Caesarius of Heisterbach (ca. 1180 – ca. 1240) was a monk in the abbey of Heisterbach, where instructing novices was one of his responsibilities. He wrote a number of spiritual treatises, and the best known was his “Dialogue on Miracles,” which takes the form of a dialogue between a master and a novice. His works were popular because the stories conveyed important theological truths in an engaging format.
Many parts of his book deal with demons and the devil in various guises, and in a few of these he ascribes black skin to these fallen beings. In this excerpt, which has been excerpted and edited and thus is not as complete as the English translation, the monk tells the novice of an abbot named Herman, who was blessed with the gift of seeing demons. He proceeds to survey the panoply of forms demons could take. Many of them are terrifyingly insubstantial and monstrous. Others occupy the bodies of monks who are prone to impious acts. But note also the three demons that take clearly human form: a veiled woman dressed all in black, a brutish peasant, and an Ethiopian burned black by hellfire.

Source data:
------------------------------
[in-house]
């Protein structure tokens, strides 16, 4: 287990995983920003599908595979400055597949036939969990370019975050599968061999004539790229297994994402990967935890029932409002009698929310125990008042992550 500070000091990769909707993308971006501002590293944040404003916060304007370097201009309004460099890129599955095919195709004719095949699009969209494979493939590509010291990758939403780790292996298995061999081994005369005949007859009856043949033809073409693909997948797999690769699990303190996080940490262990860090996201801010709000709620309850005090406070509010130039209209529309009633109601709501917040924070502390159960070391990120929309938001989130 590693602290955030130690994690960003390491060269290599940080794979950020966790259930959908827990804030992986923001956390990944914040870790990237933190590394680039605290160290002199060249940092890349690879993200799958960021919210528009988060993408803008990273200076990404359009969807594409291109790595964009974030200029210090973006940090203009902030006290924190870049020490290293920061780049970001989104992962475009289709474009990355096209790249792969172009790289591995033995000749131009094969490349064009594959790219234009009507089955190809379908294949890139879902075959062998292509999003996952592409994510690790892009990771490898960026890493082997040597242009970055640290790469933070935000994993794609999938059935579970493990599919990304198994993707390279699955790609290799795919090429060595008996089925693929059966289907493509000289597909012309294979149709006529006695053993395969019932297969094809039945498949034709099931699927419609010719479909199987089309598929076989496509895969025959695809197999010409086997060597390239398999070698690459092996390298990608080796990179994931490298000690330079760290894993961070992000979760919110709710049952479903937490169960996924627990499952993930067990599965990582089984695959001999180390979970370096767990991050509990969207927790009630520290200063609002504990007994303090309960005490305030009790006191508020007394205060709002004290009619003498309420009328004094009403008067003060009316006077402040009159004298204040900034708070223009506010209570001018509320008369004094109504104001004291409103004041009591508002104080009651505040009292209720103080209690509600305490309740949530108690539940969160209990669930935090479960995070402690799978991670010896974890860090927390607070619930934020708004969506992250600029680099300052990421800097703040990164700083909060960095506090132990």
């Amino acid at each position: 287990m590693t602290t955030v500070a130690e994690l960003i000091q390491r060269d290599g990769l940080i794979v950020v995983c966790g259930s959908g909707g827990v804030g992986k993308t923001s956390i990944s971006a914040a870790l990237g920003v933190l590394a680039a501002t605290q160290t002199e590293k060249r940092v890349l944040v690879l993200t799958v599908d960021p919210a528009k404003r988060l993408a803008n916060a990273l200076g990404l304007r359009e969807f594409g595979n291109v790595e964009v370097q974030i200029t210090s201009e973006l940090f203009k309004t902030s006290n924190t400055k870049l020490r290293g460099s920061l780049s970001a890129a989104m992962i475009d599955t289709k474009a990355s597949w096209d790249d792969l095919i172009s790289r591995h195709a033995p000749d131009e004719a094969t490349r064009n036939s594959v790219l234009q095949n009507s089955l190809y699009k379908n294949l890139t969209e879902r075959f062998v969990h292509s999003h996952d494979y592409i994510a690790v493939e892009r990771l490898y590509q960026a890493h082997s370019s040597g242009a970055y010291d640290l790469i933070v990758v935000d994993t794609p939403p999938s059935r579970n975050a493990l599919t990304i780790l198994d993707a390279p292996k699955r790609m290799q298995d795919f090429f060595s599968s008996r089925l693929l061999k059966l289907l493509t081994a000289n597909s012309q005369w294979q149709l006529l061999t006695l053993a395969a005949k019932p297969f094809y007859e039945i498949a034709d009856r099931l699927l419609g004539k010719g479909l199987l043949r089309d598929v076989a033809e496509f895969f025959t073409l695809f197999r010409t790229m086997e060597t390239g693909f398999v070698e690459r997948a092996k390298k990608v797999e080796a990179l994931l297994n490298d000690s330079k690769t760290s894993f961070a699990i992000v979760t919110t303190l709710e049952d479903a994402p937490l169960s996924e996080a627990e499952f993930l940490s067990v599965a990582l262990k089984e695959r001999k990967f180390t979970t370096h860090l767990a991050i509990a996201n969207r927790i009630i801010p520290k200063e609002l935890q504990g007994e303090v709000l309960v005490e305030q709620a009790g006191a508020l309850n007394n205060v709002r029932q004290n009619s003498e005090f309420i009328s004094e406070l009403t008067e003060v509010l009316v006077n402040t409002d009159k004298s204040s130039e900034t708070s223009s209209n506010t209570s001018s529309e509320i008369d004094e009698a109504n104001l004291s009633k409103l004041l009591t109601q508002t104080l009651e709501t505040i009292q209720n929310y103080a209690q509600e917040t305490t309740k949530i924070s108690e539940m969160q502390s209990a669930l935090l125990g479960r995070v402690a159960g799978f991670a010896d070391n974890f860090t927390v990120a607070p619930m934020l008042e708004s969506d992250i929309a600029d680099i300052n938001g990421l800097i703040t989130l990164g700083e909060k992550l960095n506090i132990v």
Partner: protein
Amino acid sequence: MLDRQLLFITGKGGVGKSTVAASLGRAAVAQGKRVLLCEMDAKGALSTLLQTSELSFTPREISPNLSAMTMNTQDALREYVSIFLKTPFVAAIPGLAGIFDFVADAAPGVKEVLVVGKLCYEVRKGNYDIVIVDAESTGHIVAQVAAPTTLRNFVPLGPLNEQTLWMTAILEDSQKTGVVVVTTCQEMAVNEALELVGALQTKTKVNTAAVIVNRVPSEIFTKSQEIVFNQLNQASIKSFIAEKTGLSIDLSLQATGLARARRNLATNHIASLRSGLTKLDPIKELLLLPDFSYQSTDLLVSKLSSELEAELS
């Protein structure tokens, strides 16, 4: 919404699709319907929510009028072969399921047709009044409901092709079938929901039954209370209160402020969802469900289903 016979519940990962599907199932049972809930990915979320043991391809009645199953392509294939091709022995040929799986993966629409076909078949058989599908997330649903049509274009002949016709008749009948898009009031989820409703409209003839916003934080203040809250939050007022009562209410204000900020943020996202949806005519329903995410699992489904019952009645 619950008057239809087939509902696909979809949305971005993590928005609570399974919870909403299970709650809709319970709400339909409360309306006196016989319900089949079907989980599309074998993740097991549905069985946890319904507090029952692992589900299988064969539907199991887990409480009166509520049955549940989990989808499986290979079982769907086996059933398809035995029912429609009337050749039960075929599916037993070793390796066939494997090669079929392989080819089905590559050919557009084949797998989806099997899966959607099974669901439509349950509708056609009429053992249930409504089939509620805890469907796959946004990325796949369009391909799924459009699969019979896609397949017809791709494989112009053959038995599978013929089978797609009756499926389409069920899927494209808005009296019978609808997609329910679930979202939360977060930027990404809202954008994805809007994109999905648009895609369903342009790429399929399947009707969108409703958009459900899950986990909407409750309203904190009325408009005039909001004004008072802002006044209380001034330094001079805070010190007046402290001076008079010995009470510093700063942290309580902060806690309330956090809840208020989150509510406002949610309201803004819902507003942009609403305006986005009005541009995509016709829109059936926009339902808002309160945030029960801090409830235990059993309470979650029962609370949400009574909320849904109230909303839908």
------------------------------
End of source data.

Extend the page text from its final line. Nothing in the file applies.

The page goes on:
These represent three figures who all provoked some measure of anxiety among elites, women because of their seductive potential and weakness for extravagance, peasants because of their superstitions and passions, and blacks because of an association both with darkness and sin and with the Muslim enemies of Christianity.
Source: Alexander Kaufmann, Hg., Wunderbare und denkwürdige Geschichten aus den Werken des Cäsarius von Heisterbach, Bd. 2 (Köln: J.&.W. Boisserée’s Buchhandlung, 1891), 7-11.